Frederick Douglass vs. Alexander Stephens
On July 4, 1852, the abolitionist leader and former slave Frederick Douglass delivered a scathing rebuke to the hypocrisy of America's celebration of freedom in the shadow of slavery. In his famous 4th of July speech at Rochester, Douglass asked: "What have I or those I represent to do with your national independence? Are the great principles of political freedom and of natural justice, embodied in that Declaration of Independence, extended to us?"
Several years later, the white supremacist Alexander H. Stephens, newly inaugurated as the vice president of the secessionist southern confederacy, declared that Jefferson's ideals and principles, as enshrined in the Declaration of Independence, had everything to do with Douglass and other African Americans. This, however, was a great "error" in Jefferson's thinking, according to Stephens. In his famous (or infamous) "Cornerstone Speech," Alexander Stephens criticized Thomas Jefferson and America's Founders for embracing the supposed "equality of the races."
What Did Thomas Jefferson Mean By "All Men Are Created Equal"?
In his landmark Commentaries on the Constitution of the United States, Joseph Story, an imminent early American judicial figure, wroite: "The first and fundamental rule in the interpretation of all instruments [documents] is to construe them according to the sense and the terms and the intentions of the parties."
While my postmodernist readers may differ, I wholeheartedly agree with Justice Story's take on language. When someone makes a statement or puts words on paper, that author infuses those words with meaning. Deciphering author intent is the ONLY fair way to answer questions related to the author's motive, meaning, and purpose.
Let me also add that the Founding Fathers were heavily influenced by the Enlightenment, which embodied modernist thinking. They would've had little patience for the postmodernist nonsense that tries to render language as wholly incapable of expressing coherent meaning.
The best way to answer those questions is to look at Jefferson's other writings as well as his actions. It's true that Thomas Jefferson, and many of the signers of the Declaration of Independence, were slave owners. In this respect, it is tempting to dismiss Jefferson's words as eloquent, but useless or hypocritical, rhetoric. Yet Jefferson showed himself to be a man torn by the moral difficulties inherent in slavery and by the inconsistencies between his values and his status as a slave owner.
Despite being a slave owner himself, the Virginia statesman nevertheless called the institution of slavery an "abominable crime," a "moral depravity," a "hideous blot," and a "fatal stain" on the country's honor. He wrote that the "rights of human nature [were] deeply wounded by this infamous practice." And in spite of his condescending, paternalistic attitude toward slaves (and his tragic belief that Africans were socially inferior to whites), Jefferson nonetheless preached that "all men are born free."
In a 1770 Virginia court case, Jefferson declared: "Under the law of nature, all men are born free, every one comes into the world with a right to his own person, which includes the liberty of moving and using it at his own. This is what is called personal liberty, and is given him by the author of nature, because necessary for his own sustenance."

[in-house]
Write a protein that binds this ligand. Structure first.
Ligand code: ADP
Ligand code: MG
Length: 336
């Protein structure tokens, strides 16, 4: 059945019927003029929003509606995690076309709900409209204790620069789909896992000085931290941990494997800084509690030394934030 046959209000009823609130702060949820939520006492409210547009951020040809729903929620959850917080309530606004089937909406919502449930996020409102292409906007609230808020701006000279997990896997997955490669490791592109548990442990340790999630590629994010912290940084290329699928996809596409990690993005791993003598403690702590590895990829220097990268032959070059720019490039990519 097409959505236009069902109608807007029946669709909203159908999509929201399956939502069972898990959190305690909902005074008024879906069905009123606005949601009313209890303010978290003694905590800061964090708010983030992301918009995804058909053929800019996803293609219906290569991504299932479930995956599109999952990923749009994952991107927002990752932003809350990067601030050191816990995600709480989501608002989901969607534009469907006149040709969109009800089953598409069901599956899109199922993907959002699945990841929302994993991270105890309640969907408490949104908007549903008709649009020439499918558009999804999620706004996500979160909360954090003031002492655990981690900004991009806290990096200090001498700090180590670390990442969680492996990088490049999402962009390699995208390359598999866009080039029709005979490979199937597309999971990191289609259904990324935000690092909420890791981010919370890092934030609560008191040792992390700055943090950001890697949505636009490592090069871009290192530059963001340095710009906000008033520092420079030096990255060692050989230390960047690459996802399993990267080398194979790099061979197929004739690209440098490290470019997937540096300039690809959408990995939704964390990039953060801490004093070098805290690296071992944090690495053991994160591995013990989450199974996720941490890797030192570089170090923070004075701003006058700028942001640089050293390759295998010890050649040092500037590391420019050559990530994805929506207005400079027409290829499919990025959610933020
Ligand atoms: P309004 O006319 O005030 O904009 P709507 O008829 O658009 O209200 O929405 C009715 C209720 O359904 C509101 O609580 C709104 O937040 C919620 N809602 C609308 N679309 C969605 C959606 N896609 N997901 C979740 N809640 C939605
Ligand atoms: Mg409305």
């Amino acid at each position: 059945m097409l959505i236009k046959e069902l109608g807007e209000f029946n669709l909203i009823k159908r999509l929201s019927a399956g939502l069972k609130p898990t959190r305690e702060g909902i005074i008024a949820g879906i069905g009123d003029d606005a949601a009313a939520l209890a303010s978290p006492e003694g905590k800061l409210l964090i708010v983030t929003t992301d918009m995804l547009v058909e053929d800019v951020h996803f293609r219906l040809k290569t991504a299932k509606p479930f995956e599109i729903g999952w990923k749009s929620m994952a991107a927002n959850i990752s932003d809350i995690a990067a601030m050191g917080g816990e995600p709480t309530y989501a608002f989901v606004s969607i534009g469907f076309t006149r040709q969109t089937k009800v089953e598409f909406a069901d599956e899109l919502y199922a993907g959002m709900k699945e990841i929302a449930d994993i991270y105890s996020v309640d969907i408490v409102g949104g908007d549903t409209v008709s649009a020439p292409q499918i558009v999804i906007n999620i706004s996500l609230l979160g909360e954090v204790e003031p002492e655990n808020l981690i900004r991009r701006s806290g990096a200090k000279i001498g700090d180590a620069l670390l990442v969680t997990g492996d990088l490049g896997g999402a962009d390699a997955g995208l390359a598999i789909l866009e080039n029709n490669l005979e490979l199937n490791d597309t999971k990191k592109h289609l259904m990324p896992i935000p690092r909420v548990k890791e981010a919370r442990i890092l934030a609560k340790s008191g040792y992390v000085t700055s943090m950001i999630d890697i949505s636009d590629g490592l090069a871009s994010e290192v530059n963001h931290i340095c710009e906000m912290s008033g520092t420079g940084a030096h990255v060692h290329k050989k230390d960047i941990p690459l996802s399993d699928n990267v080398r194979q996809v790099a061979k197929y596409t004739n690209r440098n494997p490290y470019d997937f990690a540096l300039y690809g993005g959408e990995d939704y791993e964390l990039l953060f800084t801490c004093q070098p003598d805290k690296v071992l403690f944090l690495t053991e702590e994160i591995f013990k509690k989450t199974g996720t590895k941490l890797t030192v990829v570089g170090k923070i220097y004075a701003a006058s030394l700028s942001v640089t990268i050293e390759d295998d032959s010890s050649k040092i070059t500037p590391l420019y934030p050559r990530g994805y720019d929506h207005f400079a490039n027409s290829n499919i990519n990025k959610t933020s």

In his original draft of the Declaration of Independence, Jefferson wrote:
"[H]e [the king of Britain] has waged cruel war against human nature itself, violating it’s most sacred rights of life & liberty in the persons of a distant people who never offended him, captivating & carrying them into slavery in another hemisphere, or to incur miserable death in their transportation thither. this piratical warfare, the opprobrium of infidel powers, is the warfare of the CHRISTIAN king of Great Britain. determined to keep open a market where MEN should be bought & sold, he has prostituted his negative for suppressing every legislative attempt to prohibit or to restrain this execrable commerce: and that this assemblage of horrors might want no fact of distinguished die, he is now exciting those very people to rise in arms among us, and to purchase that liberty of which he has deprived them, by murdering the people upon whom he also obtruded them; thus paying off former crimes committed against the liberties of one people, with crimes which he urges them to commit against the lives of another."
That the Founders weren't comfortable with such a denunciation of slavery in the Declaration of Independence, especially in light of the slave-based economies of the Deep South, is why this portion of the document was removed (much to Jefferson's chagrin). Nevertheless, it is instructive in understanding Jefferson's meaning. Clearly, Thomas Jefferson regarded slaves as "human" and as "men." As such, they were most certainly included in the scope of his words "all men are created equal."
Reevaluating Thomas Jefferson and the Declaration of Independence
While it cannot be denied that the Founding Fathers collectively fell short of their own expressed values and principles when it came to the issue of slavery, it is simply not accurate to say that they visualized only white people when Jefferson wrote and they approved the Declaration of Independence.
The Founders were human. And like all human beings, they were sinners. They didn't always live up to the highest ideals. But this doesn't discredit the ideals or principles. It merely reminds us that they were human.
The Declaration of Independence is one of the most eloquent and influential documents of all time, because it rests on the "equality of the races." In that sense, Alexander Stephens was correct. Tragically, Stephens saw this as an "error" on the Founders' part and hoped that the new Confederate States of America would correct it. Thankfully, Stephens' vision would not endure, but Jefferson's did.